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Rain, lower temperatures help stabilize Lake Lanier
Manuel Hernandez and his daughter, Ashley Lopez, enjoy a break in the recent rain with a walk and tricycle ride Thursday at Longwood Park. The rain and cooler weather this summer has helped steady Lake Lanier’s water level. - photo by Tom Reed

Gainesville area weather by the numbers

  • 74.5 degrees Fahrenheit: Average temperature for June, based on 108 years of data:
  • 77.4 degrees Fahrenheit: Average temperature for July, based on 108 years of data
  • 1,064.62: level of Lake Lanier Thursday
  • June 2009 was tied for 45th coolest in a recorded 108-year period of Junes
  • July 2009 was ninth coolest in a 108-year period of Julys

At last, rain has returned to summer in Hall County, bringing with it slightly lower and more bearable temperatures.

Even days where there only are a few sprinkles of rain seem to be above average, compared to the last two summers when the county could go weeks without one drop. But in reality, the area’s rainfall has just returned to normal, according to National Weather Service meteorologist Jessica Ufieux.

Rainfall for June and July hovered just below 30-year averages for the area, and temperatures for July were 2 degrees below the 30-year average, Ufieux said.

State climatologist David Stooksbury said June and July ranked as the 26th coolest over a 108-year period. Though some years are tied in the rankings, July ranked as the ninth coolest for that period of record, he said.

Although the lake’s management is a major factor in maintaining water levels in Lake Lanier, the lower temperatures and steady rainfall have helped keep the lake’s level constant this summer, Stooksbury said.

But the lower temperatures and rainfall have had little effect on power bills for Georgia Power customers, according to spokeswoman Carol Boatright. Georgia Power keeps records on summer temperatures, and Boatright said those records indicate that July was the third coolest July in 15 years. June, on the other hand, was the hottest June on record in the last 15 years.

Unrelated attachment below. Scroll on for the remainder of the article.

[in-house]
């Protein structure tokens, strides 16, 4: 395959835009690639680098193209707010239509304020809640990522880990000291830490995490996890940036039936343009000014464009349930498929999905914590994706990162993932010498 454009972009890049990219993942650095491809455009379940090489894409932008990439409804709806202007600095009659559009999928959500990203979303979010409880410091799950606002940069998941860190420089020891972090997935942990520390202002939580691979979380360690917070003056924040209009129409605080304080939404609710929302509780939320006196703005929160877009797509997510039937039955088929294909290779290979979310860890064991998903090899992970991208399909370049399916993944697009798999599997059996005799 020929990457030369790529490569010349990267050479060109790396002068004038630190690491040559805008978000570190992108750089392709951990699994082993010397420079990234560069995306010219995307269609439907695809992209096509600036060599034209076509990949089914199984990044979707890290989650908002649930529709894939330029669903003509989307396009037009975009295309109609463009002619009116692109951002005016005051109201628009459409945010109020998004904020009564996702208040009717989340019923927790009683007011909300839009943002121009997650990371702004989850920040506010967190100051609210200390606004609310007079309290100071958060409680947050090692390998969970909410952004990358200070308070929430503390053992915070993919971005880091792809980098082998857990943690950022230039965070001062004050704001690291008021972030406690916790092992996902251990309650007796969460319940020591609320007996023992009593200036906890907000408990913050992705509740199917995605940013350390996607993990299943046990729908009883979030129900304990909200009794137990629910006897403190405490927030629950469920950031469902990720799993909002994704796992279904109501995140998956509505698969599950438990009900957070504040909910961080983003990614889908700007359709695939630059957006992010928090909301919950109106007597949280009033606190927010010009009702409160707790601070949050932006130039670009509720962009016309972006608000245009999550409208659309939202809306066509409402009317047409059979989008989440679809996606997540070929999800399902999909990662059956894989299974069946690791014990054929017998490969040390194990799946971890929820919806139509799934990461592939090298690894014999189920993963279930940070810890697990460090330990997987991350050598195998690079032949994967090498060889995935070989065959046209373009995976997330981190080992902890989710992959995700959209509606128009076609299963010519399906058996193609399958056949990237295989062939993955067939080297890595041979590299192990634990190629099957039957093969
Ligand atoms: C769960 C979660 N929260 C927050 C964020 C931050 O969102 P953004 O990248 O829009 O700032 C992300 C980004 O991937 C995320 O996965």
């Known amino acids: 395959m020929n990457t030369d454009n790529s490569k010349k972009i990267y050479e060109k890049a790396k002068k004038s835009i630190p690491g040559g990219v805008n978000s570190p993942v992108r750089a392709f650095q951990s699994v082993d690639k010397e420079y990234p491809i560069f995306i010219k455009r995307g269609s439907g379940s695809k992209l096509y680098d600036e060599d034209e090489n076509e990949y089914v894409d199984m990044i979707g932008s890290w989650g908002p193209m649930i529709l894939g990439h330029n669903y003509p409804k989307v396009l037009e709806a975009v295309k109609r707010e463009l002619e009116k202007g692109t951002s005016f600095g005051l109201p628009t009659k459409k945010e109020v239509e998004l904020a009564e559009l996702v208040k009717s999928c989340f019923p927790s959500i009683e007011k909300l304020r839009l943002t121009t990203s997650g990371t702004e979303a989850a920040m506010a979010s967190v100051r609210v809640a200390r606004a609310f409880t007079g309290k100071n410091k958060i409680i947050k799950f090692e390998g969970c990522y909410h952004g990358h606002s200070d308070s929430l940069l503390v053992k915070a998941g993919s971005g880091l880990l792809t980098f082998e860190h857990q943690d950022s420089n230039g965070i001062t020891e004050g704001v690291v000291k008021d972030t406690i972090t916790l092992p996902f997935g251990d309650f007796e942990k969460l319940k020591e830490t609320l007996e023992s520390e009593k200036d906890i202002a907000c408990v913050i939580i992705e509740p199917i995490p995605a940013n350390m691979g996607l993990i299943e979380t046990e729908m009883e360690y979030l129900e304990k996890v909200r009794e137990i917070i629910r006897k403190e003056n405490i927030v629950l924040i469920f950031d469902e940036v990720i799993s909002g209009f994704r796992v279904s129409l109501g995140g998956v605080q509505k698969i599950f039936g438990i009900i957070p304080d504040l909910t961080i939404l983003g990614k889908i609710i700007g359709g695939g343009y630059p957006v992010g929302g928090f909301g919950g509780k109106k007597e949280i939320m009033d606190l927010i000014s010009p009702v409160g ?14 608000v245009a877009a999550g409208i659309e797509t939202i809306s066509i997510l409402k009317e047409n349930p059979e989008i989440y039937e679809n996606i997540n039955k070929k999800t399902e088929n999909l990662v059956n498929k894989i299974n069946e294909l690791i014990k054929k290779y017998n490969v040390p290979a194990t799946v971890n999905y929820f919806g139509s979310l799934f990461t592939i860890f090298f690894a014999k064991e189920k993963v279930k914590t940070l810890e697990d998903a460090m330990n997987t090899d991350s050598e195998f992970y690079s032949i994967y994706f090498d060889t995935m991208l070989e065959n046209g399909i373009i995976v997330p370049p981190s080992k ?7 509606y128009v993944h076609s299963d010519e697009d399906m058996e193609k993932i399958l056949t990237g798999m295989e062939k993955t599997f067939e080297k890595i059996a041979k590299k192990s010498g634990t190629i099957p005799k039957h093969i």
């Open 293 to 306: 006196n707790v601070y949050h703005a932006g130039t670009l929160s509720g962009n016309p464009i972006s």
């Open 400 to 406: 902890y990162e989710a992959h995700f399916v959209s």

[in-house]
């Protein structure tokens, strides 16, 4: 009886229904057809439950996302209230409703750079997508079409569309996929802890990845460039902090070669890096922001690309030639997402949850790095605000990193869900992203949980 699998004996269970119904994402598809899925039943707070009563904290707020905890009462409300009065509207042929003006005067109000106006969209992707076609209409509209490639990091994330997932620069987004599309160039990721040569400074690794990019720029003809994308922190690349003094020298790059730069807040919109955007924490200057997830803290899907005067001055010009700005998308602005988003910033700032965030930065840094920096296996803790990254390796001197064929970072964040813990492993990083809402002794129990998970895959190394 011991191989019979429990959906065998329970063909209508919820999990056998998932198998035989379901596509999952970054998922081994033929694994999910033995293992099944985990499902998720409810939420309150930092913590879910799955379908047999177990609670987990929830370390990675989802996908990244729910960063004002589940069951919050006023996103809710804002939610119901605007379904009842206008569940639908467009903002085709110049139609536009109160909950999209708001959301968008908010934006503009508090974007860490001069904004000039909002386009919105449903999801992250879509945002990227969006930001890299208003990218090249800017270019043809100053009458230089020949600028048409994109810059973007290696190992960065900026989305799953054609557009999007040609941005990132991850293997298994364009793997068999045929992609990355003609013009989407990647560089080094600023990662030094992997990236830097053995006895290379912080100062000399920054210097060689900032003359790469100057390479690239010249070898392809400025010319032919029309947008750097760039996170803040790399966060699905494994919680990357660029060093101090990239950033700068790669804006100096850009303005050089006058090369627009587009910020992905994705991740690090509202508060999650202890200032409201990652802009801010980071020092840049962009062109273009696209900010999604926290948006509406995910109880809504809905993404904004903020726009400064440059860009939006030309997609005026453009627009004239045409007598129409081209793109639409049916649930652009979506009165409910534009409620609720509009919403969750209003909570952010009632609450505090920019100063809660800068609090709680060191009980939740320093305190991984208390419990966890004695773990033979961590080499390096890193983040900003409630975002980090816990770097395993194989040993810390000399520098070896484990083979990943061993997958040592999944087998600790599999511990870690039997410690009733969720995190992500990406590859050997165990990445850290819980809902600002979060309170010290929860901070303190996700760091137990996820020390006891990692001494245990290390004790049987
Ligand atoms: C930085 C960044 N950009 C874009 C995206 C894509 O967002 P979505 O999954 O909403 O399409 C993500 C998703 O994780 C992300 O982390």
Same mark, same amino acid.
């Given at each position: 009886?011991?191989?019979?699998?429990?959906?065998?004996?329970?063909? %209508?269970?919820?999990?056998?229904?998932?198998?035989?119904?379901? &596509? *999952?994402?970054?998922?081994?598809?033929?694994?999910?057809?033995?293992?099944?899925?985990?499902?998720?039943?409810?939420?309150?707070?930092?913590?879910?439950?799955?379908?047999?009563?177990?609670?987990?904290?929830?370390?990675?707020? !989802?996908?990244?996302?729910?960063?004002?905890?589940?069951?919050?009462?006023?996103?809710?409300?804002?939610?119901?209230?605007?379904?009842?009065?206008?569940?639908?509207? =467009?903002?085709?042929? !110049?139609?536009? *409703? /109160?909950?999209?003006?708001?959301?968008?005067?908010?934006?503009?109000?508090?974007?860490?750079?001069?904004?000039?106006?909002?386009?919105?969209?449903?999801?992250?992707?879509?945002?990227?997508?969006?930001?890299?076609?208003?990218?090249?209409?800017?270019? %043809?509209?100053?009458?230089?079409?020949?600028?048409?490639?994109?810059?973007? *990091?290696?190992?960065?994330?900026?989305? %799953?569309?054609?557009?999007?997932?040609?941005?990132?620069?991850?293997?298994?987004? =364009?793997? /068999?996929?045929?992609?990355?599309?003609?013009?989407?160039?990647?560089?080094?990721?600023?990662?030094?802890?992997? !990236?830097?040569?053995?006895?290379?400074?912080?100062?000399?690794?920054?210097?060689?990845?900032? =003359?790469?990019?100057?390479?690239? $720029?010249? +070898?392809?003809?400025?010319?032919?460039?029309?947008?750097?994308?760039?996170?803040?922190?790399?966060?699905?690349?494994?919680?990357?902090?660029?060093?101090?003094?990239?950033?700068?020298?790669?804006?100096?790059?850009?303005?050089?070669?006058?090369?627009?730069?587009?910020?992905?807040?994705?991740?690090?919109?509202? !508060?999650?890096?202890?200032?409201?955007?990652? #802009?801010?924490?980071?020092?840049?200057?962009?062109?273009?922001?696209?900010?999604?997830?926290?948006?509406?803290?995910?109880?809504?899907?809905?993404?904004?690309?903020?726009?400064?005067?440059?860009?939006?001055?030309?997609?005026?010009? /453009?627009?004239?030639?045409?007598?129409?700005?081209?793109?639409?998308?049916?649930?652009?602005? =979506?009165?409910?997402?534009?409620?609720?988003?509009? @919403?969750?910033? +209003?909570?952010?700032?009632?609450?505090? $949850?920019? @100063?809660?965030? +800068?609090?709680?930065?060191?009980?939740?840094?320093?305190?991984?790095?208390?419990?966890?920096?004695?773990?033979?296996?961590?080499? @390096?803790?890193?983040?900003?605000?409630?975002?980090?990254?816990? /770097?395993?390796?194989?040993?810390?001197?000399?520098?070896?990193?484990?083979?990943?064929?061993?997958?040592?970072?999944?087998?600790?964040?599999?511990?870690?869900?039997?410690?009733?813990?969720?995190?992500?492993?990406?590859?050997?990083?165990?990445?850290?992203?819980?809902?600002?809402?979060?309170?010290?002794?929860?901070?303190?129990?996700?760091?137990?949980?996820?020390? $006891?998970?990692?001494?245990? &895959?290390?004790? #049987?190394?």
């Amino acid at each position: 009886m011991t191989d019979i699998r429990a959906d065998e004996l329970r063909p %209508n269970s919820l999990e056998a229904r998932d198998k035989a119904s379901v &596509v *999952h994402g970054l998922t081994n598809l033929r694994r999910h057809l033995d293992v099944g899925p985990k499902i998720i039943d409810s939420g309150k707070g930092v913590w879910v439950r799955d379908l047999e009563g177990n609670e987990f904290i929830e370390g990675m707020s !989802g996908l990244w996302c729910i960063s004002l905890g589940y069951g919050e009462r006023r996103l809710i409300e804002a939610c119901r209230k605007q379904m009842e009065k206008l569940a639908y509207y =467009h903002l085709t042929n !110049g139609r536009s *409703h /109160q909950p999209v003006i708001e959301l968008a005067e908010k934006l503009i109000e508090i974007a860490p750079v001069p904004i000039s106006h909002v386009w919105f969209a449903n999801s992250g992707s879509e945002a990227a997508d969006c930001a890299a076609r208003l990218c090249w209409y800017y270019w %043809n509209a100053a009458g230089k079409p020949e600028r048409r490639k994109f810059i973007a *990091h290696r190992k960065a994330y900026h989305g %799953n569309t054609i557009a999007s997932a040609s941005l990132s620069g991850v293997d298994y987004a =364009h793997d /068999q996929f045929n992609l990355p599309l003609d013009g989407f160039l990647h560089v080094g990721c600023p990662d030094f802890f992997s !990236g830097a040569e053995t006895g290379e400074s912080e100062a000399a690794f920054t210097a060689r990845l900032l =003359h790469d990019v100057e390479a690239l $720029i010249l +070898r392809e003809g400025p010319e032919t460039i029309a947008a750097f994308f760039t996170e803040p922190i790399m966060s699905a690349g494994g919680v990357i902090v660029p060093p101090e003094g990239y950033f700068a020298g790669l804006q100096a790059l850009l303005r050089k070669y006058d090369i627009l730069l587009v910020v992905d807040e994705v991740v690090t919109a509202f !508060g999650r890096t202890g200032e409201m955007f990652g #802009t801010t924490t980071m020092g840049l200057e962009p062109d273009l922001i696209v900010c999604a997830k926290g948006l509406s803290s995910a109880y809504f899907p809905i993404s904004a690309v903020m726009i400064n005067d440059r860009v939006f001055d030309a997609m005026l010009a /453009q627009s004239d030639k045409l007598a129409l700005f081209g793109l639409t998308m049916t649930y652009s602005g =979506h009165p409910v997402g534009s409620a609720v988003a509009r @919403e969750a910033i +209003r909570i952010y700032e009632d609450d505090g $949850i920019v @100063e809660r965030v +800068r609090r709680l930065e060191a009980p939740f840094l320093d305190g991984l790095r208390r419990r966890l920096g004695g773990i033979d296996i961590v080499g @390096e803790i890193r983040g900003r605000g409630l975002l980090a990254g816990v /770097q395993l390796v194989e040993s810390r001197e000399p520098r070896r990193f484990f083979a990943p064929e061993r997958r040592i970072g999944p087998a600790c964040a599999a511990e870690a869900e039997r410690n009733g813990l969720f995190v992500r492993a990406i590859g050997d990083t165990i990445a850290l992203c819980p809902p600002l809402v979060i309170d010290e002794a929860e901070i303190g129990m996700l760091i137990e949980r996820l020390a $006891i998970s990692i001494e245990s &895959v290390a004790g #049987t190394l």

"Because we’ve got our customers on (different billing) cycles, most of our customers will have a couple of weeks of June and a couple of weeks of July on their bills, so it’s pretty much going to even out," Boatright said.

Jackson EMC customers have been using less electricity, however. Jackson EMC spokeswoman Bonnie Jones said the electric membership corporation is selling 2 percent less electricity than it was one year ago.

Although much of the change in electricity use can be attributed to the economy — foreclosed homes, closed businesses and fewer operating hours at open businesses — the lower temperatures also have contributed, Jones said.

Usually in the hot summer months, the utility company often has to run load management in the afternoons to relieve the company’s network from the amount of electricity its customers are using, Jones said. "When we run load management, it is hot," she said.

But this year, Jones said Jackson EMC only has run load management a handful of days.

August rainfall, so far, totals 1 inch, Ufieux said, but with strong possibilities of rain this week, the amount likely is to increase before the end of the month.

Average rainfall for August is 3.97 inches, based on rainfall totals measured from 1971 to 2000, Ufieux said.

Gainesville faces a 70 percent chance of scattered thunderstorms today and a smaller possibility on Saturday.

"It looks like Sunday should be a nice day," Ufieux said.

Any remnants of Hurricane Bill probably won’t touch the United States, much less Hall County, Ufieaux said. On Thursday, the storm was located east of the Caribbean, and the National Hurricane Center has predicted it would travel between Bermuda and the U.S. toward Canada.

There will be little chances of other tropical activity throughout the fall, Stooksbury said. Currently, the area is in an El Niño climate pattern, which means the early and midfall will be drier than normal.

"Much of our early and midfall rainfall comes from tropical activity," Stooksbury said. "If tropical activity is suppressed, it increases the probability of early and middle fall being drier than normal."

But don’t expect the drought to return. A probabilistic forecast shows that Hall County should receive near normal to above-normal rainfall throughout the winter, which bodes well for Lake Lanier next year, Stooksbury said.

"Right now, I would say there is a very good probability that Lanier will be at full pool come spring," Stooksbury said.

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